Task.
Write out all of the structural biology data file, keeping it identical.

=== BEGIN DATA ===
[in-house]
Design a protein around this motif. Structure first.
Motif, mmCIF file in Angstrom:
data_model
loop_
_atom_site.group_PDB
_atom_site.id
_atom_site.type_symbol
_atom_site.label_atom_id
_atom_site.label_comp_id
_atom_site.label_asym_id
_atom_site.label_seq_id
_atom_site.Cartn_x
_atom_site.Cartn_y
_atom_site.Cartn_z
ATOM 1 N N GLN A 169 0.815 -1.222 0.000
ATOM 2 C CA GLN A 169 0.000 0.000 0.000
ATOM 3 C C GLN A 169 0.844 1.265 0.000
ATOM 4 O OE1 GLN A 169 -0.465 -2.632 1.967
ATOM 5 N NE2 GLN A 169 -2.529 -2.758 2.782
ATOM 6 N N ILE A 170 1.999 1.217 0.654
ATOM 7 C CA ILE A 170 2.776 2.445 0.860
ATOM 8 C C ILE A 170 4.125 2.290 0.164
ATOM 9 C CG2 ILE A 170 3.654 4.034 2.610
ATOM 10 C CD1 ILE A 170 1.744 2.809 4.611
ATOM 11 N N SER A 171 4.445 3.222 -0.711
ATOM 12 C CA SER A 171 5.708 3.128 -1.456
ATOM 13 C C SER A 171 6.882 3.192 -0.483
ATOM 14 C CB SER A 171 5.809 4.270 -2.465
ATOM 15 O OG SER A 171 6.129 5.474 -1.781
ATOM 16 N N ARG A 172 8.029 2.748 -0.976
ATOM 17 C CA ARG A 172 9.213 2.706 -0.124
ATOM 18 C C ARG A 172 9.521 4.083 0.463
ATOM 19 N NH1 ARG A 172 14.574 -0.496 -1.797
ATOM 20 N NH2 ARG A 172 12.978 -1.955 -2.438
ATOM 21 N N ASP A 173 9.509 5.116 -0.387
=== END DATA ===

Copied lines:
[in-house]
Design a protein around this motif. Structure first.
Motif, mmCIF file in Angstrom:
data_model
loop_
_atom_site.group_PDB
_atom_site.id
_atom_site.type_symbol
_atom_site.label_atom_id
_atom_site.label_comp_id
_atom_site.label_asym_id
_atom_site.label_seq_id
_atom_site.Cartn_x
_atom_site.Cartn_y
_atom_site.Cartn_z
ATOM 1 N N GLN A 169 0.815 -1.222 0.000
ATOM 2 C CA GLN A 169 0.000 0.000 0.000
ATOM 3 C C GLN A 169 0.844 1.265 0.000
ATOM 4 O OE1 GLN A 169 -0.465 -2.632 1.967
ATOM 5 N NE2 GLN A 169 -2.529 -2.758 2.782
ATOM 6 N N ILE A 170 1.999 1.217 0.654
ATOM 7 C CA ILE A 170 2.776 2.445 0.860
ATOM 8 C C ILE A 170 4.125 2.290 0.164
ATOM 9 C CG2 ILE A 170 3.654 4.034 2.610
ATOM 10 C CD1 ILE A 170 1.744 2.809 4.611
ATOM 11 N N SER A 171 4.445 3.222 -0.711
ATOM 12 C CA SER A 171 5.708 3.128 -1.456
ATOM 13 C C SER A 171 6.882 3.192 -0.483
ATOM 14 C CB SER A 171 5.809 4.270 -2.465
ATOM 15 O OG SER A 171 6.129 5.474 -1.781
ATOM 16 N N ARG A 172 8.029 2.748 -0.976
ATOM 17 C CA ARG A 172 9.213 2.706 -0.124
ATOM 18 C C ARG A 172 9.521 4.083 0.463
ATOM 19 N NH1 ARG A 172 14.574 -0.496 -1.797
ATOM 20 N NH2 ARG A 172 12.978 -1.955 -2.438
ATOM 21 N N ASP A 173 9.509 5.116 -0.387